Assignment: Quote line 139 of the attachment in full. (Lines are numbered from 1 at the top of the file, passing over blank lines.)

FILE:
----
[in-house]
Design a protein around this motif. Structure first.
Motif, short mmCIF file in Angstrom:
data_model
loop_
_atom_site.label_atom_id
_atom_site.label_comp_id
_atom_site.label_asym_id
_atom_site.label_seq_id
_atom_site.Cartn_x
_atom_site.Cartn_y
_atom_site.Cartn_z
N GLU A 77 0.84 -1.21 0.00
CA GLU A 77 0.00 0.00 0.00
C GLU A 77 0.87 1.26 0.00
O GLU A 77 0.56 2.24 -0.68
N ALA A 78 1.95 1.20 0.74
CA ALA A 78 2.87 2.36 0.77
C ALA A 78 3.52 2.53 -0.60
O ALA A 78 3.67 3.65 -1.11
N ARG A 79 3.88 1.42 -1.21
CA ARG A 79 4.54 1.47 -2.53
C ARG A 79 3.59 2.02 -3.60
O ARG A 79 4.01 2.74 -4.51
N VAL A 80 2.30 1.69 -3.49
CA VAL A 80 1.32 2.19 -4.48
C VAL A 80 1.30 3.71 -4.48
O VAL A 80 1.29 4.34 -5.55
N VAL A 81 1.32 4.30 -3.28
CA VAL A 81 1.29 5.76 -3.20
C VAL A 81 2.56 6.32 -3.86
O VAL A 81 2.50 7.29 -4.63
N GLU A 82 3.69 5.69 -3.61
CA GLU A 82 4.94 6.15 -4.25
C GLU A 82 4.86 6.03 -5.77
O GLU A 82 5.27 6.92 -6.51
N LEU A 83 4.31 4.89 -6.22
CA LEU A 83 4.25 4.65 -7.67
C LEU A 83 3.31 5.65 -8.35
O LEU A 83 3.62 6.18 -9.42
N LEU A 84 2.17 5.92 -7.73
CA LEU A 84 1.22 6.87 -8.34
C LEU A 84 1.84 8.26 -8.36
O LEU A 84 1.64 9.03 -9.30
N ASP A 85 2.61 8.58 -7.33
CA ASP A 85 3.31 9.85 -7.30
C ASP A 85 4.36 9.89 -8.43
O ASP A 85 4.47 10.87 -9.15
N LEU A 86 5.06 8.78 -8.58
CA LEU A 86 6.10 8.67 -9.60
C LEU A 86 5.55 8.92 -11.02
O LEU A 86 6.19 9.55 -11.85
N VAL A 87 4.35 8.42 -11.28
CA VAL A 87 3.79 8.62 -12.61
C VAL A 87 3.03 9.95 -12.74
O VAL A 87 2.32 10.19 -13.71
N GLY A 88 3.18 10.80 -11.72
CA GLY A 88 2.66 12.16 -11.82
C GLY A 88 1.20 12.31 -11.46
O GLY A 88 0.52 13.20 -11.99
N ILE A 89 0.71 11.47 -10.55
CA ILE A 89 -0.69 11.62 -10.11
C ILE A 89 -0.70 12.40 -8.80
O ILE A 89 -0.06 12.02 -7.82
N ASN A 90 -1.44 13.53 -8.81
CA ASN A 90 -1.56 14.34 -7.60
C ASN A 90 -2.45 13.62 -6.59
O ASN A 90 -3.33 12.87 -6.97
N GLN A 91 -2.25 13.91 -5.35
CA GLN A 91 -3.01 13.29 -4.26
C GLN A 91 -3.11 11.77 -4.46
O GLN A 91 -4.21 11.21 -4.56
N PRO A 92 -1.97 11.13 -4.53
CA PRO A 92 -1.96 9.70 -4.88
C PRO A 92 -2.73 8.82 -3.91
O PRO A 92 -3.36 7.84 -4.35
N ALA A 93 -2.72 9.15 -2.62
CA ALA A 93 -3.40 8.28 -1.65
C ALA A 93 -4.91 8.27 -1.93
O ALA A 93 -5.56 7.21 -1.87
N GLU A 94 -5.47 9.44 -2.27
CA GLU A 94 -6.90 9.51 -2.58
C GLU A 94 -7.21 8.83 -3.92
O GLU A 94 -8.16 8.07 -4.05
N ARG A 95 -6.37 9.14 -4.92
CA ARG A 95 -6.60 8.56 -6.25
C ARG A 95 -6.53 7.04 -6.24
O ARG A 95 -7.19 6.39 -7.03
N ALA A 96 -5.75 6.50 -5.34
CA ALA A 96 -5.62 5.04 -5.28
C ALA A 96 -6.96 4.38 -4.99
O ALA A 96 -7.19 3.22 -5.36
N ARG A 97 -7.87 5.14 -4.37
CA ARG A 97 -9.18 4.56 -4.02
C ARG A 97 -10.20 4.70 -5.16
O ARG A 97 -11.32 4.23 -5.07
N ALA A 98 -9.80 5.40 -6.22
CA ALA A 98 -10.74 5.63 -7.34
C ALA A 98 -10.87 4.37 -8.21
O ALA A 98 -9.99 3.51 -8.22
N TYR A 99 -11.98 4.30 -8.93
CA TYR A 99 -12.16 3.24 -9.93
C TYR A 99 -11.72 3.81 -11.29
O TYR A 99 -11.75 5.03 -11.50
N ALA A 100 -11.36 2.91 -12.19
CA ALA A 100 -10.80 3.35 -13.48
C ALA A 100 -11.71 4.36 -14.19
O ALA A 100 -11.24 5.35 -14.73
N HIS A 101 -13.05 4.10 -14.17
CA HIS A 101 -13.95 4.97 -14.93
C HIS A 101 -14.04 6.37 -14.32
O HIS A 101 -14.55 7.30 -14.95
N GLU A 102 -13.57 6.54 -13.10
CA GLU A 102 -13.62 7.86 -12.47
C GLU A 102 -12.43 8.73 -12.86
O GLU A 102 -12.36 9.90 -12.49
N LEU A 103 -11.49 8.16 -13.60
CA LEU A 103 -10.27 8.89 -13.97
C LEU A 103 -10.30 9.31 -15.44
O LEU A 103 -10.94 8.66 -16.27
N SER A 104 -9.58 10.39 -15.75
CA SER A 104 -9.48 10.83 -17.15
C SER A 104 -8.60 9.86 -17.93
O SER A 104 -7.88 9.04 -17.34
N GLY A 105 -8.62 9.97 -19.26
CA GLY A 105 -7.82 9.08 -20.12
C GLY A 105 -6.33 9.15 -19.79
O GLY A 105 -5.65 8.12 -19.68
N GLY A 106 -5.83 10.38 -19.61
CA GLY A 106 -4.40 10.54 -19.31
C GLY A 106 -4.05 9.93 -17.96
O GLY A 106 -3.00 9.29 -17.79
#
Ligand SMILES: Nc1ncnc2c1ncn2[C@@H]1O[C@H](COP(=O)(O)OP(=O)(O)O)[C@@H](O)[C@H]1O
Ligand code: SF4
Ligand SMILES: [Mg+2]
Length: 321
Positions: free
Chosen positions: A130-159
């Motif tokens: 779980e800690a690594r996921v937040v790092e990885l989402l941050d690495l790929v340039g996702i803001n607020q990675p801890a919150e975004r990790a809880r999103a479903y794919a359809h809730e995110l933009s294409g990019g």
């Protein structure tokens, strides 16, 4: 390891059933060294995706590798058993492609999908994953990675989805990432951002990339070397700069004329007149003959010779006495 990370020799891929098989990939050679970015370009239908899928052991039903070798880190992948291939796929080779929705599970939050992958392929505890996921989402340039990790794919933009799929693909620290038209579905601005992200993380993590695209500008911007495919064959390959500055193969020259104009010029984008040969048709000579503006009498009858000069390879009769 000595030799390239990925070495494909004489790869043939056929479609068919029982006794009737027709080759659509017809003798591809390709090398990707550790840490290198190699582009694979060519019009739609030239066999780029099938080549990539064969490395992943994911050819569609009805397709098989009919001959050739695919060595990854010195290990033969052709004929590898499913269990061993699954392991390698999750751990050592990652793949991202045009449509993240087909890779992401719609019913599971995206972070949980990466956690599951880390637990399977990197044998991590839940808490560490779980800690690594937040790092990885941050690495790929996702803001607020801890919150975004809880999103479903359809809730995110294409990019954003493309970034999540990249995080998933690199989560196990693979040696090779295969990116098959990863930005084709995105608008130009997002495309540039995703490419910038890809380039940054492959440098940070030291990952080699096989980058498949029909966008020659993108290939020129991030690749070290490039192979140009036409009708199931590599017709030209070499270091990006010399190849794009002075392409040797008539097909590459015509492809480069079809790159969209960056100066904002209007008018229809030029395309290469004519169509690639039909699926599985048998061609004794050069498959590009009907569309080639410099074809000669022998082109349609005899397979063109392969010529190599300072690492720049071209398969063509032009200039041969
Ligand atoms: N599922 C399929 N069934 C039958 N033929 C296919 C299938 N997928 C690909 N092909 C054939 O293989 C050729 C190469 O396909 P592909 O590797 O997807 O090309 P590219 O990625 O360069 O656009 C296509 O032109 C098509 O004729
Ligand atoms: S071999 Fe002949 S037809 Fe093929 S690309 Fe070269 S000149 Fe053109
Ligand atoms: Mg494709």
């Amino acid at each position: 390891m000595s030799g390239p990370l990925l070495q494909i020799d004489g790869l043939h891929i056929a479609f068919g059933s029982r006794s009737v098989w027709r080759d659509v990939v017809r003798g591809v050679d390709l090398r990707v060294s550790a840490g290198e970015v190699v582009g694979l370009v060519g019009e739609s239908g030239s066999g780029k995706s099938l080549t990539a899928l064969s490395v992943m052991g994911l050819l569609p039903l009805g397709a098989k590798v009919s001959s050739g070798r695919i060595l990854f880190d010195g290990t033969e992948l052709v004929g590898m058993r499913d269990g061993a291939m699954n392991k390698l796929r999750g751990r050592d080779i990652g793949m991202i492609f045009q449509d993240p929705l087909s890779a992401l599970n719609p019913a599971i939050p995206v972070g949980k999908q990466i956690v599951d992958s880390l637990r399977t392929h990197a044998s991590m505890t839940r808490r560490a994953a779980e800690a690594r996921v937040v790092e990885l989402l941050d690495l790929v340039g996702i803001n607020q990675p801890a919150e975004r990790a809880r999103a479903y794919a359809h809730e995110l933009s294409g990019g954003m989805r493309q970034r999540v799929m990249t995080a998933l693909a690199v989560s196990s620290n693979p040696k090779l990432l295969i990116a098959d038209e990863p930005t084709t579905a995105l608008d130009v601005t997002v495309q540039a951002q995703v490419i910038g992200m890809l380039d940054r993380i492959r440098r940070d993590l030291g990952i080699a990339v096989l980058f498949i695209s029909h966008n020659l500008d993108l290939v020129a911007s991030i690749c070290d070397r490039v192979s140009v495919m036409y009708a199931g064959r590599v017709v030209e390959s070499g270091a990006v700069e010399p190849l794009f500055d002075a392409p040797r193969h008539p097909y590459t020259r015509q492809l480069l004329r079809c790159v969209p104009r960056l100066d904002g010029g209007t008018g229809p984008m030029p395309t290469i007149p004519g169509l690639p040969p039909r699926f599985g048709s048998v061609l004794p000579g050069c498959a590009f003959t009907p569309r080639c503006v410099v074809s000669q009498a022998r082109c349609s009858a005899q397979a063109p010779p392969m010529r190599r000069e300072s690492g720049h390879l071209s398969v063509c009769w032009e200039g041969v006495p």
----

Chosen positions: A130-159